The husband and wife architectural team of Måns Tham has created a dwelling just outside of Stockholm stacking 8 standard shipping containers and elevating them on steel pillars to create three levels of living spaces for themselves and their three children. Appropriately named Container House, it was designed for a couple who wanted to self-build a home from containers that are typically used to transport goods around the world.
The husband is a mechanic who works for a demolition firm with an interest in customized American cars. This, together with an informed architectural approach focused on reuse, is what enabled the project to be largely self-built.
Walls between containers were carefully removed to maximize the living spaces while maintaining the structural performance of the units. Large windows frame the surroundings. Rainwater pouring down the steeply sloping hillside passes underneath the structure and the adjoining 26-foot steel-truss bridge which connects the house to the adjacent forest. An entrance on the house’s lower-level leads into a space containing a den and guest bedroom. A laundry room and main bathroom at the rear of incorporate a large window that looks directly onto the rocky site. Stairs ascend to the upper level that houses the main living area, alongside a terrace that is positioned to make the most of the evening sunlight. Bedrooms at the back of this floor look onto the forest.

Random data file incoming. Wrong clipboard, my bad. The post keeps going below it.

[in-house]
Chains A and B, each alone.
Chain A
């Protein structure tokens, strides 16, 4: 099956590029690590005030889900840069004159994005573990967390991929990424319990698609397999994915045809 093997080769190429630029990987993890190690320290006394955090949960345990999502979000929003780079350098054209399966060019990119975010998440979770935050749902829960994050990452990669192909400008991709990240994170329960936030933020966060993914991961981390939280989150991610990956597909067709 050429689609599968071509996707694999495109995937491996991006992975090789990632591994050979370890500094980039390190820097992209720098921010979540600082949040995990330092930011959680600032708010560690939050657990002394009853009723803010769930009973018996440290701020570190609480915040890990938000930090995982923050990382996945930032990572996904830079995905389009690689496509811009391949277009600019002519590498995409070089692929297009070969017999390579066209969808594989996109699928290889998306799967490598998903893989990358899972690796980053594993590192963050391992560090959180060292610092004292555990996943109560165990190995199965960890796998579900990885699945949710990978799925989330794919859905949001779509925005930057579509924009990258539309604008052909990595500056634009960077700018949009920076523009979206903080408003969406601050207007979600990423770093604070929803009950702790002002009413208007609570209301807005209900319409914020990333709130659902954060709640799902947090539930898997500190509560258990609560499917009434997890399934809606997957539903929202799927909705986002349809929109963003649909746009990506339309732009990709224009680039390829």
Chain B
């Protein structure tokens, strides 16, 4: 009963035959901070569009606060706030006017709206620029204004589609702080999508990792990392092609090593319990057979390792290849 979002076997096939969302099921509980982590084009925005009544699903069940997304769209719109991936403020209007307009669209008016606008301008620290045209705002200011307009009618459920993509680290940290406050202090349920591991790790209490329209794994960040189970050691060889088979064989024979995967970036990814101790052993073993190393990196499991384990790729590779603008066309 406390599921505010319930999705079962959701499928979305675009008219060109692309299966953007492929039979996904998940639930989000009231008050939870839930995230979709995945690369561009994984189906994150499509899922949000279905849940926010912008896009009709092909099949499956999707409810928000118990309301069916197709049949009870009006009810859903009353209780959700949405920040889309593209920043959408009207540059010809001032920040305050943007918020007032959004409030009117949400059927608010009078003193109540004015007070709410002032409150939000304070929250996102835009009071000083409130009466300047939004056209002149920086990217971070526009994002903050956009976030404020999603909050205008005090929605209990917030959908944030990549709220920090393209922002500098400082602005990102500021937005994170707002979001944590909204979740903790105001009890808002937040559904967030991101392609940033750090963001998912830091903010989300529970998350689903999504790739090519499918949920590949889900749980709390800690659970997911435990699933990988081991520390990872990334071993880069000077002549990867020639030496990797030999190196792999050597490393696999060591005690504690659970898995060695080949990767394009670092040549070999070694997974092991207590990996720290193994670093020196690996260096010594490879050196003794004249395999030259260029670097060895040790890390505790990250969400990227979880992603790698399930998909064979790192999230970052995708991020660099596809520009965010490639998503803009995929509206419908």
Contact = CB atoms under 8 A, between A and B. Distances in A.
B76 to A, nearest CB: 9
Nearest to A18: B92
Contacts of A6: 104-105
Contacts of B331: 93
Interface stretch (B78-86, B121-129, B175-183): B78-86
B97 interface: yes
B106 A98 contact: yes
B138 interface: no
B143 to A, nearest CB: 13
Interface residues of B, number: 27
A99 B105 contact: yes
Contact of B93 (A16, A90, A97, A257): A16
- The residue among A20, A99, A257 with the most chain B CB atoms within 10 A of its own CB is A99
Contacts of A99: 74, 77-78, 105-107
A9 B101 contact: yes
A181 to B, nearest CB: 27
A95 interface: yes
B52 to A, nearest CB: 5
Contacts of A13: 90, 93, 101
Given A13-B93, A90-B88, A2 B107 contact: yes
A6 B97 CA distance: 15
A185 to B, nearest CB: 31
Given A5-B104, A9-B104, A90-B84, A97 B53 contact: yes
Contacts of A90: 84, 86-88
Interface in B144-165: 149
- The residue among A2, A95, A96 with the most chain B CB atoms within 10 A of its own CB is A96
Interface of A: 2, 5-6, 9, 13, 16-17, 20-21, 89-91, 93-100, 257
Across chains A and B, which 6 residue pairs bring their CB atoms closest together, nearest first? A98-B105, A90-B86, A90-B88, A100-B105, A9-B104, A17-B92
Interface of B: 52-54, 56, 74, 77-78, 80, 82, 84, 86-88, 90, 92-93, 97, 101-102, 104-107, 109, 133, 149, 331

Many of the materials and fixtures used throughout the interiors were salvaged from demolition sites around Stockholm. Timber planks, metal panels, staircases and parts of discarded kitchens were incorporated after slight modifications. The architects had to come up with inventive solutions for details such as the railings, chimneys, and gutters to satisfy Sweden’s strict building codes while retaining the house’s cohesive aesthetic.